Investing in higher value milk that people will shell out a premium for is paying off for the country’s largest farmer.
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KELLY HODEL/STUFF Pāmu’s milk production and value has grown over the last year

State-owned farmer Landcorp (Pāmu) expects profit before interest, tax, depreciation and revaluations (EBITDAR) of between $59 million and $64m in the year to June, ahead of its previous forecast in February of $45m to $50m.

The company has been investing in producing higher value specialty milks including organic and A2 as well as sheep and deer. The lift in its profit forecast largely reflects growth in the dairy business as a result of a lift in milk production and value.

Chief executive Steve Carden said Pāmu’s milk production increased 2.5 per cent over the year, even as its cow numbers fell 0.5 per cent due to organic conversions.

Pāmu is the country’s largest organic dairy supplier. It has converted one of its central plateau farms to organic with another three in the conversion process. Eventually it plans to expand to eight fully organic farms.

Organic milk commands a premium over conventional milk. In the past year, Pāmu was paid between $7.30 and $7.90 per kilogram of milk solids for conventional milk compared with $8.90 to $9.10 per kgMS for organic milk.

Converting to an organic farm means a lower stocking rate, more focus on the production of each cow, lower input costs and premium milk prices, which makes for a more productive, profitable farm, Carden said.

“We have seen some success with that on our organic properties,” he said.

Farmers were re-setting their systems to find the optimum production level that would enable them to lower their environmental footprint but still generate enough production to get the financial return they needed on their farms, he said.

“We are trying really hard to find ways in which we can produce high-value milks which typically have a lower environmental footprint and do attract that premium from the market,” Carden said. “That’s the sweet spot that we want to be playing in.”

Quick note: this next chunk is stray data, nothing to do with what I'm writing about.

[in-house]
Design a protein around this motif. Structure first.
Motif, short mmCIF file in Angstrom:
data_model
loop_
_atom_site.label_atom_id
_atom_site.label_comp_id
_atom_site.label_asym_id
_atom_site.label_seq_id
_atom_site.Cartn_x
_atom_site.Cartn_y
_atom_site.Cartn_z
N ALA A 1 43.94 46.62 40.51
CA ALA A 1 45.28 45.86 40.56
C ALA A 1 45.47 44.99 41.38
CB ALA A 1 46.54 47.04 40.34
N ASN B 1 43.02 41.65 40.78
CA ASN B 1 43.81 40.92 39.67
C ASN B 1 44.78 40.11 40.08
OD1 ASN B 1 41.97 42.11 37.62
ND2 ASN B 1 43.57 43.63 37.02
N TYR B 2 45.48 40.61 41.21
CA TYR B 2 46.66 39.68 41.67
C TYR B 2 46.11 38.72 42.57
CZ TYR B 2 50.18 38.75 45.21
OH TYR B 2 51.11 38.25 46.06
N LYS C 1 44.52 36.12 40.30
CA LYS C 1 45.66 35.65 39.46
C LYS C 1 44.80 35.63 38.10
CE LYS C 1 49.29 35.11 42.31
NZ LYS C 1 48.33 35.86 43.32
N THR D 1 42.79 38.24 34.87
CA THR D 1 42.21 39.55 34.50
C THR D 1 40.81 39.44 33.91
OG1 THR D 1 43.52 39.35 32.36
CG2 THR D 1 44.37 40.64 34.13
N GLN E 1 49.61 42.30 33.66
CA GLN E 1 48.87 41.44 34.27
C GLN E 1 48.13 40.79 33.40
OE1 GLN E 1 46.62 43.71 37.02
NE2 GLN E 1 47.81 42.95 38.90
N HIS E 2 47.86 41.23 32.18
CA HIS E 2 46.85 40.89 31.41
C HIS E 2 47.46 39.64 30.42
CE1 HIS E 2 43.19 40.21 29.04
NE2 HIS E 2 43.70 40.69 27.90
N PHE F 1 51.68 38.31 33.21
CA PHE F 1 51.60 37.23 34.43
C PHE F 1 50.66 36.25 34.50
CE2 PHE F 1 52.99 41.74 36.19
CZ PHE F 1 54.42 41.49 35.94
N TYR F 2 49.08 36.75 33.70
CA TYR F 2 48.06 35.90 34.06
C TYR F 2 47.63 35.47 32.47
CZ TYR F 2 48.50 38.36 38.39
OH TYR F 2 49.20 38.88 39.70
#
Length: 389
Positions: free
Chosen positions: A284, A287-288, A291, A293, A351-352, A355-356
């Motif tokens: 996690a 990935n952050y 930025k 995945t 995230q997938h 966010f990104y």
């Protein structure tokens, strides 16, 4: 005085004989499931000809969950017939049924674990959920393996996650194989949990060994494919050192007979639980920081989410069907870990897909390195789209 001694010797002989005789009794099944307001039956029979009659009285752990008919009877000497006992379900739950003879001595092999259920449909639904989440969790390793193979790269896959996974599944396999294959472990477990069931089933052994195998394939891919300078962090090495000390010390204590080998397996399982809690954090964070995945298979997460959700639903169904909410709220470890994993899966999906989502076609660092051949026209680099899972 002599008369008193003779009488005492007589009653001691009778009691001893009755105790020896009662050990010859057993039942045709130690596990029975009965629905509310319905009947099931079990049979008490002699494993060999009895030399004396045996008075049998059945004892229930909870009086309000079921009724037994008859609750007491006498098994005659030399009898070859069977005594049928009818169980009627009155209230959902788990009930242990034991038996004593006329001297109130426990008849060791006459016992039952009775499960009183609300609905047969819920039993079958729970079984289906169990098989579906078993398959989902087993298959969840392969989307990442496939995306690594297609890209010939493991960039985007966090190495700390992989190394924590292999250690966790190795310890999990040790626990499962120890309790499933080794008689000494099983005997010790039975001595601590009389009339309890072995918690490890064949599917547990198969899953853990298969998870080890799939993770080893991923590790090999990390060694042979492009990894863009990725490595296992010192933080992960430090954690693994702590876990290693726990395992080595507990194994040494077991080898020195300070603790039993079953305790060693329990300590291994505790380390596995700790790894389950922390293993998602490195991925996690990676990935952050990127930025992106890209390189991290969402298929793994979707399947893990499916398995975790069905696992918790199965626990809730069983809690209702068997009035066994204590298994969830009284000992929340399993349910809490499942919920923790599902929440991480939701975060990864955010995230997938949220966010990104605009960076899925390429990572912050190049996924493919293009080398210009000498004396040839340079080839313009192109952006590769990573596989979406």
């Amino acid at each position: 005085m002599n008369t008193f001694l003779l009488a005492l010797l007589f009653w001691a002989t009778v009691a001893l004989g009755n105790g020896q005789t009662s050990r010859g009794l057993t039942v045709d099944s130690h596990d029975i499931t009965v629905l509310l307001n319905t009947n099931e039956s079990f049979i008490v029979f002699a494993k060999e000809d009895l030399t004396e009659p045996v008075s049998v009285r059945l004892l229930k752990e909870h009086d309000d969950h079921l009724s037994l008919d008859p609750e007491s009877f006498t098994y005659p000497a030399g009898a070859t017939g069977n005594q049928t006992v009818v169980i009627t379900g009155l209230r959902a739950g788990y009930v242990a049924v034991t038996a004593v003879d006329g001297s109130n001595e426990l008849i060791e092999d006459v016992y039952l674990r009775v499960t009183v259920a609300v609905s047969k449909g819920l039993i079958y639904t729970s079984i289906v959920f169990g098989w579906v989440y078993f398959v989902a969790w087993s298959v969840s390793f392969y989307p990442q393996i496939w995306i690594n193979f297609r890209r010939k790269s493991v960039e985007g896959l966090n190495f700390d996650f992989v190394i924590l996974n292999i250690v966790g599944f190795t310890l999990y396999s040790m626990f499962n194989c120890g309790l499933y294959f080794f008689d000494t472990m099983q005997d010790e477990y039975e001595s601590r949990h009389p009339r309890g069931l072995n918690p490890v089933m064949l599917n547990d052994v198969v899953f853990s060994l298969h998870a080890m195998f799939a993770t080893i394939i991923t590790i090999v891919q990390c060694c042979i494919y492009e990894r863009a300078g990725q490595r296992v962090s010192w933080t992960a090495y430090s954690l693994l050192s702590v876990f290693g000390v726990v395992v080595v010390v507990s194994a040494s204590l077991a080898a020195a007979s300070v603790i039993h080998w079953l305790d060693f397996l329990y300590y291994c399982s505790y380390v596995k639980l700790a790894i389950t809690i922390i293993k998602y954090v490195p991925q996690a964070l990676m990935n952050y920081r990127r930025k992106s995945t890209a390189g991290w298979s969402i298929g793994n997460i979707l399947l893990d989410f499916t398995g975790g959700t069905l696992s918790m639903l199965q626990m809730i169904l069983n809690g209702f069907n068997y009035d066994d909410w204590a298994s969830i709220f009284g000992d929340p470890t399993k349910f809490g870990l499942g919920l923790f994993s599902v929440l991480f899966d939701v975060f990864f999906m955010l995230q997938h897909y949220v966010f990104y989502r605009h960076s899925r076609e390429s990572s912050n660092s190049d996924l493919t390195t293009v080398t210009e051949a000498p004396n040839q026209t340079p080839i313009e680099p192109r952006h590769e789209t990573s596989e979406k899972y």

Pāmu was looking at the best land use for its farms across the country, and was building up its forestry business and investing in avocado orchards in Northland.

”This is about finding the best use for our land and not feeling like we need to be restricted to putting animals on every hectare but looking at what sort of alternative products we can produce off our land and trying to align our land use with where real growth in the markets is likely to occur and of course horticulture is very much one of those segments,” Carden said.

“Our meat and dairy business will continue to be big parts of what we do, but we need to align our land use with where the consumer markets are heading.”

Pāmu had benefited from higher commodity prices over the past year for most products except venison.

The value of its carbon portfolio has increased, while favourable weather conditions over autumn and heading into winter had helped production.

Wage costs were lower as the company had difficulty filling some vacancies which was an ongoing problem for the sector, Carden said.

The profit forecast compares with EBITDAR of $65m last year, which included a $6m gain from the sale of Westland Milk shares.

Dairy products and, in particular, grass-fed products are performing strongly post-covid in overseas markets.

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